Determining MC by weight

Tools and techniques for measuring moisture content by weighing lumber cuttings. January 4, 2001

I’d like to learn more about cutting, weighing and drying lumber samples for determining MC.

1) For samples to be weighed before and after oven drying, what sort of resolution and accuracy are we looking for?
2) With respect to sample size, does one shoot for green or dry dimensions?
3) Does length of the sample matter?
4) I still don't quite get the purpose of retaining the 30 inch piece after cutting the two (why 2?) pieces from both ends.
5) When the larger piece is returned to the kiln, presumably to experience the same conditions as the entire charge, are the ends re-sealed? If so, doesn't that bugger the weight?
6) Am I correct in understanding that at any point in time the ratio of weight loss to dry weight equates with MC of the un-dried sample?
7) For those who have done this, what kind of repeatability can one get over the course of a complete drying cycle?
8) For example, oven drying a sample right off the mill (about 100% MC green), and another sample from the same piece of wood, say after a month (80% MC green). Will the resultant dry weights be the same?
9) What kind of scale/balance do you use?

Forum Responses
1) Weigh to at least 1/2% of the weight--100 grams needs to be weighed to at least 0.5 grams accuracy and resolution.

2) The size is measured when you cut the piece. It is full thickness, full width, and 30 inches along the grain.

3) The suggestion is 30-inches. The sample is used only for MC calculations and so it is not necessary to have 1 BF, 2 BF, etc.

4) The 30" piece is weighed daily and the MC is calculated based on the initial MC of the two moisture sections.

5) Yes. The weight change is so small that it doesn't matter when calculating MC--the sample might weigh 10 lbs, while the end coating weighs 0.002 lbs.

6) Not exactly; the weight loss compared to the oven-dry weight is the moisture content loss. Also, the weight at any time compared to the oven-dry weight is the current MC. The oven-dry weight is an estimated value based on the MC of the two moisture sections.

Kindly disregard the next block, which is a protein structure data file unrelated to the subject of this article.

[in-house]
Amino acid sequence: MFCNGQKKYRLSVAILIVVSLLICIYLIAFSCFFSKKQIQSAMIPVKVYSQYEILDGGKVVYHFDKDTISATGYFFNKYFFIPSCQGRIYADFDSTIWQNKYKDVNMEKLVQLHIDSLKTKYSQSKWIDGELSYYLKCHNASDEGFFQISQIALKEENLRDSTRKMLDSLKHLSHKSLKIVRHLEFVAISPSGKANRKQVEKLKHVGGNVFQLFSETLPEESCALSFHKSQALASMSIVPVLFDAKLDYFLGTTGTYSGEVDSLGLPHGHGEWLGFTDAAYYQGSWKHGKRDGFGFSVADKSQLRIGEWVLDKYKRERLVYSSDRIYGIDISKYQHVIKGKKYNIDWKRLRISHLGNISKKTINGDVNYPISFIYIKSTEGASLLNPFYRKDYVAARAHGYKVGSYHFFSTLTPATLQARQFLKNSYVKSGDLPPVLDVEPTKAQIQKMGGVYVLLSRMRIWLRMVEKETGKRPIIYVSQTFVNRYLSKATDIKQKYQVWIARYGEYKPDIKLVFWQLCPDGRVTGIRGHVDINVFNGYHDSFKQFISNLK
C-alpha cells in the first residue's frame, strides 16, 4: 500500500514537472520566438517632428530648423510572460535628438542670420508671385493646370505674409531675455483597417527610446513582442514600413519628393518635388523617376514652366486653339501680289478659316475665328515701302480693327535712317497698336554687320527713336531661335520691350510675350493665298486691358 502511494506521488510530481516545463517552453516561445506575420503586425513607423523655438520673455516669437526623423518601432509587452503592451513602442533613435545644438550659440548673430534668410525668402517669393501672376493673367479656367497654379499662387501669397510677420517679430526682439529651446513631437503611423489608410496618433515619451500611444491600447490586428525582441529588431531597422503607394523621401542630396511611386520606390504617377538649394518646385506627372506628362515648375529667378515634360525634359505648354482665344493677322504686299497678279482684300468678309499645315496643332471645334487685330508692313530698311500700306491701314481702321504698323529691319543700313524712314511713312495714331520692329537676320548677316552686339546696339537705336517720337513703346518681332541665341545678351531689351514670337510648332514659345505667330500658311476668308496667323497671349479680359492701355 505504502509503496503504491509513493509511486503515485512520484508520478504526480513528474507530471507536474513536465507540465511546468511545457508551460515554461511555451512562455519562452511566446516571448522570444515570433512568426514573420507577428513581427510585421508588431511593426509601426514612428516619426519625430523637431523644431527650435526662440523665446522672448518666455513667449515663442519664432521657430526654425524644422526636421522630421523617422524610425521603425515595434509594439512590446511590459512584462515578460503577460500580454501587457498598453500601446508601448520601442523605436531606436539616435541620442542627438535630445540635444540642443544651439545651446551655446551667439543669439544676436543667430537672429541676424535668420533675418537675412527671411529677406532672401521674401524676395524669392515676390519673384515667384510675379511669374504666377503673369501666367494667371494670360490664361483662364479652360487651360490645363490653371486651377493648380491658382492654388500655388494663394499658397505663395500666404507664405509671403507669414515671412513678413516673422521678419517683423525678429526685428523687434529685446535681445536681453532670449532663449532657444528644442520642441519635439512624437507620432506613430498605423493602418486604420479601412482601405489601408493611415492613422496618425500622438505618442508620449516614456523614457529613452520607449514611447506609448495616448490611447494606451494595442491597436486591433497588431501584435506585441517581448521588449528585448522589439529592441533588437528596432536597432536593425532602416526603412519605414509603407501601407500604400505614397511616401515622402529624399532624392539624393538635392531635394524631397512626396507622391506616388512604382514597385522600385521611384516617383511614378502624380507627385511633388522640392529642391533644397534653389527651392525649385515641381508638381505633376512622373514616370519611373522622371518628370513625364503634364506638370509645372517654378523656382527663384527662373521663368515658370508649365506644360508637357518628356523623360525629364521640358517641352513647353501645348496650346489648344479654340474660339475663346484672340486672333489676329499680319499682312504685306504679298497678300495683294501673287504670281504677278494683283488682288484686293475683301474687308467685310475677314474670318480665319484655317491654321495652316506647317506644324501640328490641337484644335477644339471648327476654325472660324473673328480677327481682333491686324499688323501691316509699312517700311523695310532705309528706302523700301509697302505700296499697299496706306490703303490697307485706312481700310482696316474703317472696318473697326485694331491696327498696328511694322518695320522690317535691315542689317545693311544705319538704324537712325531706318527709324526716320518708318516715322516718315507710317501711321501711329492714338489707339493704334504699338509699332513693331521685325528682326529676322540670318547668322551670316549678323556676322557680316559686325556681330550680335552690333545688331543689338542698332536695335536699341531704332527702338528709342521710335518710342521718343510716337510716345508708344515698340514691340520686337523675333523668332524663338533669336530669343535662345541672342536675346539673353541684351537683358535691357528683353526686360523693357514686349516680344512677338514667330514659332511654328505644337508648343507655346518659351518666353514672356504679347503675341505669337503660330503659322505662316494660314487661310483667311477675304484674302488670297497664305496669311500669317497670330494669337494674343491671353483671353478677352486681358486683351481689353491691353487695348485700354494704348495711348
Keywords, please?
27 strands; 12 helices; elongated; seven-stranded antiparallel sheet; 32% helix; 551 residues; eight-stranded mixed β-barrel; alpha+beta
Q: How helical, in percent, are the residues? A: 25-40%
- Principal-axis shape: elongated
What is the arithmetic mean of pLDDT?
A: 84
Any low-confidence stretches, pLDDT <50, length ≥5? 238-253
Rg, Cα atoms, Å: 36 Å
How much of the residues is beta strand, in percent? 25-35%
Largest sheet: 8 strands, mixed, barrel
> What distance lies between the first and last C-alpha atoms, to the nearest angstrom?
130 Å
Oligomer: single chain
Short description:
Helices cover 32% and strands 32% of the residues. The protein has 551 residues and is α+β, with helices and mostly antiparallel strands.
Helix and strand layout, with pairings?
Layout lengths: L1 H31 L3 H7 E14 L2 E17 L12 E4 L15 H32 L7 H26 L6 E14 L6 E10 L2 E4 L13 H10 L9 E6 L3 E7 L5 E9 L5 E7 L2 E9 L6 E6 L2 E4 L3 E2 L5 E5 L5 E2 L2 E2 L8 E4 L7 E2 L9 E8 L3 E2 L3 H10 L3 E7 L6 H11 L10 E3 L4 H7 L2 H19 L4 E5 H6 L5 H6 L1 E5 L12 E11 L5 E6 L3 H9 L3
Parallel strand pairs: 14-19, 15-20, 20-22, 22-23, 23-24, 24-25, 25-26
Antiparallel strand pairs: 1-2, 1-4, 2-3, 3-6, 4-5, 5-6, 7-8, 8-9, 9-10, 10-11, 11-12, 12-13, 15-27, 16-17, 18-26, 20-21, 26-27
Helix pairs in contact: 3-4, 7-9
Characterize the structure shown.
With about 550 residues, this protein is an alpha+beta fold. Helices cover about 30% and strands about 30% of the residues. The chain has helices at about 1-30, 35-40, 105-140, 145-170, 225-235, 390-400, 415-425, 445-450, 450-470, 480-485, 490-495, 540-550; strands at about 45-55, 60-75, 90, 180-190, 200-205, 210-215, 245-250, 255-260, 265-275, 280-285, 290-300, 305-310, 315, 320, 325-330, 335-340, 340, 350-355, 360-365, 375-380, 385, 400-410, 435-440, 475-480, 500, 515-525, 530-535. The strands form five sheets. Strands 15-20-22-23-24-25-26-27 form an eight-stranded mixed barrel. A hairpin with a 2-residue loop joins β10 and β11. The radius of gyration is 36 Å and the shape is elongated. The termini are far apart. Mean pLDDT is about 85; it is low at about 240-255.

7) We cut a mid-course correction sample (called an intermediate) when the wood is under 25% MC. With this technique, the MC will be nearly perfect--closer than anyone requires--at any time during drying.

8) No, the weights will be different, but the MC will be the same if the two pieces were identical, which doesn't happen with a variable material like wood.

9) You can buy some scales in the $200-$400 range that will work well. If the DH manufacturer doesn’t have some scales for sale, go to Nyle; they have auxiliary equipment available, or go to Graingers, or similar. Do not go cheap on MC measurements. Also, you need to spend at least $200 for a moisture meter. And you should attend a class on drying--probably $400. These are expenses to protect your investment.

Gene Wengert, forum technical advisor

Instead of cutting samples and weighing them , would it not be suitable to only use a moisture meter - perhaps with a probe into the kiln stack?

Most drying quality loss occurs at MCs over 50%. The drying rate at high MCs is a good tool for monitoring the risk of loss.

Unfortunately, moisture meters do not work well above 25% MC. They also have an accuracy of 1% MC, so often they are not accurate enough. The pin-type meter does not work well below 6.5% MC, so it is hard to use this type of meter when running a kiln near the end of drying.

Gene Wengert, forum technical advisor